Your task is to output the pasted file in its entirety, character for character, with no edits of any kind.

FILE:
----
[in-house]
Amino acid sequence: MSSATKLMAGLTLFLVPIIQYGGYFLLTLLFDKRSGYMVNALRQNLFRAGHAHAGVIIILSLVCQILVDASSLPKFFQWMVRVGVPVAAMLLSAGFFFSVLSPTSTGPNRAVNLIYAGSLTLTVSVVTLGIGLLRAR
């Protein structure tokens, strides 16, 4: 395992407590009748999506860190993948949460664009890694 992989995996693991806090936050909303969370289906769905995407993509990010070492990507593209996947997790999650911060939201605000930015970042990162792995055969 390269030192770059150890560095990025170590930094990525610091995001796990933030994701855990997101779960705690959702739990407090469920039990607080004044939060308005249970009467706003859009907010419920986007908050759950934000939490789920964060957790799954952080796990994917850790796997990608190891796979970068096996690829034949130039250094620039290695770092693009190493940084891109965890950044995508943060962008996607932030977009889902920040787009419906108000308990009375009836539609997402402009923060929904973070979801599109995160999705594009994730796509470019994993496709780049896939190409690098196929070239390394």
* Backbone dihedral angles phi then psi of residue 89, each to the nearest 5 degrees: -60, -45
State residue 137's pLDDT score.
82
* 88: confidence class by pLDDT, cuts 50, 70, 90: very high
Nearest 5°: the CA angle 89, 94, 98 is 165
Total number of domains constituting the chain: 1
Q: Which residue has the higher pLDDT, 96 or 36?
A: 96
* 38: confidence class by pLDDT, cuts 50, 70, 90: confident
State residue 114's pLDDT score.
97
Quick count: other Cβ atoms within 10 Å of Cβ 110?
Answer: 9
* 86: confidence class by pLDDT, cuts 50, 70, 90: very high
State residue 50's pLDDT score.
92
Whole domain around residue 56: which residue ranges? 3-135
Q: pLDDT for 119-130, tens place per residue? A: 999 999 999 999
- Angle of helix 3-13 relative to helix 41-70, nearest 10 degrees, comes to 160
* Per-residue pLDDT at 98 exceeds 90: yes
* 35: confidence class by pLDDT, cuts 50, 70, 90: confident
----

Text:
[in-house]
Amino acid sequence: MSSATKLMAGLTLFLVPIIQYGGYFLLTLLFDKRSGYMVNALRQNLFRAGHAHAGVIIILSLVCQILVDASSLPKFFQWMVRVGVPVAAMLLSAGFFFSVLSPTSTGPNRAVNLIYAGSLTLTVSVVTLGIGLLRAR
């Protein structure tokens, strides 16, 4: 395992407590009748999506860190993948949460664009890694 992989995996693991806090936050909303969370289906769905995407993509990010070492990507593209996947997790999650911060939201605000930015970042990162792995055969 390269030192770059150890560095990025170590930094990525610091995001796990933030994701855990997101779960705690959702739990407090469920039990607080004044939060308005249970009467706003859009907010419920986007908050759950934000939490789920964060957790799954952080796990994917850790796997990608190891796979970068096996690829034949130039250094620039290695770092693009190493940084891109965890950044995508943060962008996607932030977009889902920040787009419906108000308990009375009836539609997402402009923060929904973070979801599109995160999705594009994730796509470019994993496709780049896939190409690098196929070239390394």
* Backbone dihedral angles phi then psi of residue 89, each to the nearest 5 degrees: -60, -45
State residue 137's pLDDT score.
82
* 88: confidence class by pLDDT, cuts 50, 70, 90: very high
Nearest 5°: the CA angle 89, 94, 98 is 165
Total number of domains constituting the chain: 1
Q: Which residue has the higher pLDDT, 96 or 36?
A: 96
* 38: confidence class by pLDDT, cuts 50, 70, 90: confident
State residue 114's pLDDT score.
97
Quick count: other Cβ atoms within 10 Å of Cβ 110?
Answer: 9
* 86: confidence class by pLDDT, cuts 50, 70, 90: very high
State residue 50's pLDDT score.
92
Whole domain around residue 56: which residue ranges? 3-135
Q: pLDDT for 119-130, tens place per residue? A: 999 999 999 999
- Angle of helix 3-13 relative to helix 41-70, nearest 10 degrees, comes to 160
* Per-residue pLDDT at 98 exceeds 90: yes
* 35: confidence class by pLDDT, cuts 50, 70, 90: confident